I received a Canine Heritage kit as a gift a few years back so tested my Rottie mix. The results showed him to be half Rottie, the balance Saluki and Shih Tzu. While he has the body shape, color and markings of a Rottie he weighs about 89 lbs and his muzzle is a bit long which could possibly indicate Saluki. He is 11 1/2 yrs old and barely showing his age which would again lean toward the Saluki. Temperament is very friendly and outgoing (as are my purebred Rotties). The Shih Tzu? Not buying it! I tested another of my dogs with the Wisdom kit. I guessed him to be a Schnauzer mix. The results indicated a Schnauzer Lhasa Apso mix. This one could be on the mark. In general I would not rely on these tests especially with Heinz 57 variety dogs. The technology just isn't there yet and not worth wasting money on. Your own instincts are probably more reliable.

Posted by: Unknown | January 29, 2013 11:30 AM    Report this comment

We did a Wisdom Panel DNA and were very happy with the results. Our dog is mostly Golden Retriever with some Labrador mixed in. We thought maybe there was something else in there, but apparently not. The Wisdom Panel only tests for AKC recognized breeds, so if your dog has anything else in there that's not AKC I'm not sure if it just doesn't show up or would show up as another breed altogether? Also, I do know that the more breeds that are in your dog, the less accurate the test results. Our newest puppy might be part English Shepherd, which is not a breed the test even would list, so I think we'll just leave it at an educated guess on his mix.

Posted by: Amy W | January 29, 2013 11:15 AM    Report this comment

My opinion? A total waste of money. I know one person who sent her purebred dog's sample in - it came back wrong. Another friend sent her shelter adoptee mix bered's sample in, and it cam back to not-believable she sent in another sample (and didn't tell them it was the same dog). If came back completely different the second time.

Posted by: Pat M | January 29, 2013 11:14 AM    Report this comment

I recently used the Wisdom Panel Mixed Breed Identification Test for one of my dogs. We were honestly mostly doing it for fun. We were very happy with the entire process. It was super easy, informative, and fun. We were super happy to learn that Truman is a American Staff Terrier - Neopolitan Mastiff mix (no Poodle).
Nothing but a positive experience for me!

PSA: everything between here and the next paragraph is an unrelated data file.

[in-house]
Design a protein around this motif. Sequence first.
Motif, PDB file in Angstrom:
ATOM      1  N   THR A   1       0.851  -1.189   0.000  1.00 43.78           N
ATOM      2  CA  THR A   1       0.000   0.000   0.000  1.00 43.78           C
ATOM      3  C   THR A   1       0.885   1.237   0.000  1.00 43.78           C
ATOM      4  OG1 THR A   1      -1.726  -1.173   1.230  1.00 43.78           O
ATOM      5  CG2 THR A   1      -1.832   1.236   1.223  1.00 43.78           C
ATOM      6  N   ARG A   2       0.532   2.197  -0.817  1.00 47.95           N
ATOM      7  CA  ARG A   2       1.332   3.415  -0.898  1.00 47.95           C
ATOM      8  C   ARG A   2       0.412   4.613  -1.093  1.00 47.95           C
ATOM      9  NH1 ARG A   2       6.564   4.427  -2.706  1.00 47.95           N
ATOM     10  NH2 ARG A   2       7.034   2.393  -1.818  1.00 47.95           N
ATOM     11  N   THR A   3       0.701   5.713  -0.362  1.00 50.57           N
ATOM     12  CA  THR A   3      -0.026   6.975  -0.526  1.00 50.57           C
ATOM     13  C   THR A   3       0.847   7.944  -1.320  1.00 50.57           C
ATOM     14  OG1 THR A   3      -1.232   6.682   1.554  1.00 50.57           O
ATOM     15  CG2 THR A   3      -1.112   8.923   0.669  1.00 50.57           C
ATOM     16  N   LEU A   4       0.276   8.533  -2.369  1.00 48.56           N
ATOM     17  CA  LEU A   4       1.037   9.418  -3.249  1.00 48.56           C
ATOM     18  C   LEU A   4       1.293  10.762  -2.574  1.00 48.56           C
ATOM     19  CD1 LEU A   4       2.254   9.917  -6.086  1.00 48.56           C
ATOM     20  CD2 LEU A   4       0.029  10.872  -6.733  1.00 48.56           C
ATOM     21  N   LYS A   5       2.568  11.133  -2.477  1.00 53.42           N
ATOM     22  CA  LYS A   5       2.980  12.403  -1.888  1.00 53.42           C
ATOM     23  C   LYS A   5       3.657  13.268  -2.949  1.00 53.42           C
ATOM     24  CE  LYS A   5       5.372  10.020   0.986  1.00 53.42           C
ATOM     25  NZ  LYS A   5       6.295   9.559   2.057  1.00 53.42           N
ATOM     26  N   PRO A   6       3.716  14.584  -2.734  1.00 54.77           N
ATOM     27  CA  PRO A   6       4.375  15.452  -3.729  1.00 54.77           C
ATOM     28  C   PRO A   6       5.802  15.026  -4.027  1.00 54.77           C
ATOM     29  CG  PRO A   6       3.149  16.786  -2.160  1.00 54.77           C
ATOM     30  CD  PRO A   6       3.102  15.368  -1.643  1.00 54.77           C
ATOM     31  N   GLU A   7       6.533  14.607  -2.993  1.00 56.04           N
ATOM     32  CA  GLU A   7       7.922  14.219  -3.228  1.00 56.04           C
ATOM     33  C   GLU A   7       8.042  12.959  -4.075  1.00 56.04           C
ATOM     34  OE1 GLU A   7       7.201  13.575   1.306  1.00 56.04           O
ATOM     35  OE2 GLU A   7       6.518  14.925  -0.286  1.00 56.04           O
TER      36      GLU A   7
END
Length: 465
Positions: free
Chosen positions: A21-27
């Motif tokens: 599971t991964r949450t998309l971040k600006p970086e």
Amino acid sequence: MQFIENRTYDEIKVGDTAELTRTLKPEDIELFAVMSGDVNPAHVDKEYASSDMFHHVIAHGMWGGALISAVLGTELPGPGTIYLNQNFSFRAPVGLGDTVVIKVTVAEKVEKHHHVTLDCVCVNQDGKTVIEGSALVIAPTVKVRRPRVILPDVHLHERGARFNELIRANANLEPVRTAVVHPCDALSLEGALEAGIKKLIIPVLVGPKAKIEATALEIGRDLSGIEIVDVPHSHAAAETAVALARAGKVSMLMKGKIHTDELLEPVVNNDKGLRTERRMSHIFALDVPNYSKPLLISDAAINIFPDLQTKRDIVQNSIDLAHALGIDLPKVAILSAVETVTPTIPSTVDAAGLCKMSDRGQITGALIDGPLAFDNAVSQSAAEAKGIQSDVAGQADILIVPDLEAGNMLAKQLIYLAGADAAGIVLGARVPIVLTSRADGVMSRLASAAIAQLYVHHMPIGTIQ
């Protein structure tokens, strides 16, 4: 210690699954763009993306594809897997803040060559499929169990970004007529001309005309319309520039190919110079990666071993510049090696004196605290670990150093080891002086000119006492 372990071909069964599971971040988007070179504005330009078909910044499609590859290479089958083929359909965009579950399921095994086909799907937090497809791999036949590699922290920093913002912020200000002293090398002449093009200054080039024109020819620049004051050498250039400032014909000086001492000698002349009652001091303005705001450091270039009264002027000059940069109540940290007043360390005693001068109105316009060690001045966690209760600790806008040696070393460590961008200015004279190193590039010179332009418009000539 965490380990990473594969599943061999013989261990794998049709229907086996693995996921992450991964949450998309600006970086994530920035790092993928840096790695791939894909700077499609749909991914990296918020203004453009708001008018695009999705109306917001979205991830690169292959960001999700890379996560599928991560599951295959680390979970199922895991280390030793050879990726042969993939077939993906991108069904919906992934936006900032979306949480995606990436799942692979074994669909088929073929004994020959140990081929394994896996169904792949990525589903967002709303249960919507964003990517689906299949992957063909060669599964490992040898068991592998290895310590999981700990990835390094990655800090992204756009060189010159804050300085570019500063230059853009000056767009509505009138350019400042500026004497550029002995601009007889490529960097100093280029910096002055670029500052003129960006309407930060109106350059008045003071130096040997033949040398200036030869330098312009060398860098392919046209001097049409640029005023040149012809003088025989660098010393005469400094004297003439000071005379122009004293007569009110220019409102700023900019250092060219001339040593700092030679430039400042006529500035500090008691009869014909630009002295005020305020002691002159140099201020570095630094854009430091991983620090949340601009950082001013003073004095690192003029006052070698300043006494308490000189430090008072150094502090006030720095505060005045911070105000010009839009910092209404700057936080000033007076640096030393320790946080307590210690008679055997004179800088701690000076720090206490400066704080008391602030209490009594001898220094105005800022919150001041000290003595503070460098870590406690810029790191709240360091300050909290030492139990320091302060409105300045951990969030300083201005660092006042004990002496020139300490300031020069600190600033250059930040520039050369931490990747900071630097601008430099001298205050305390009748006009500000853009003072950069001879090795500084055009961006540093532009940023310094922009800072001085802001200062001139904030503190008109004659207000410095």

Posted by: Teresa A | January 29, 2013 10:47 AM    Report this comment

The rescue group told us that our dog's mother was a rescued Pomeranian who was pregnant when they got her, so they didn't know the dad. She is 12 pounds, cream and white, and looks like the other part could be Chihuahua - large, pointy ears, nose slightly longer than the Pomeranian. Four years ago I sent to BioPet Vet Lab in an effort to satisfy my curiosity. It came back that she was Pug, ShihTzu, and Rottweiler - never mentioning her Pom. mother. Definitely a waste of money.

Posted by: Kara K | January 29, 2013 10:46 AM    Report this comment

I received the Wisdom Panel DNA test as a Christmas gift, and thought it would be a fun, frivolous thing to explore. I have researched these tests and found that many people (and some researchers) question the results.

We adopted our dog from a shelter, where she was listed as a fox terrier mix, which is certainly possible based on her appearance. She looks most like a Basenji, Carolina dog, or similar "primitive breeds". She is 30 pounds, brown double-coated, with white tips on her paws and tail and a white cross on her chest (like the Basenji), with button ears and a wrinkled brow. Imagine my surprise when her DNA tests came back - half Pomeranian, and the other half mostly Springer Spaniel! Well, it was certainly fun and amusing...

Posted by: AMY W | January 29, 2013 10:29 AM    Report this comment

I have often wondered about the accuracy of these tests. If it was not for the expense, I have considered having my pure breds tested for breed. My understanding is that they use the commonality of breeds in their process. Poodles are a common breed so they frequently say the tested dog is part poodle.

Posted by: Furrykids | January 29, 2013 10:26 AM    Report this comment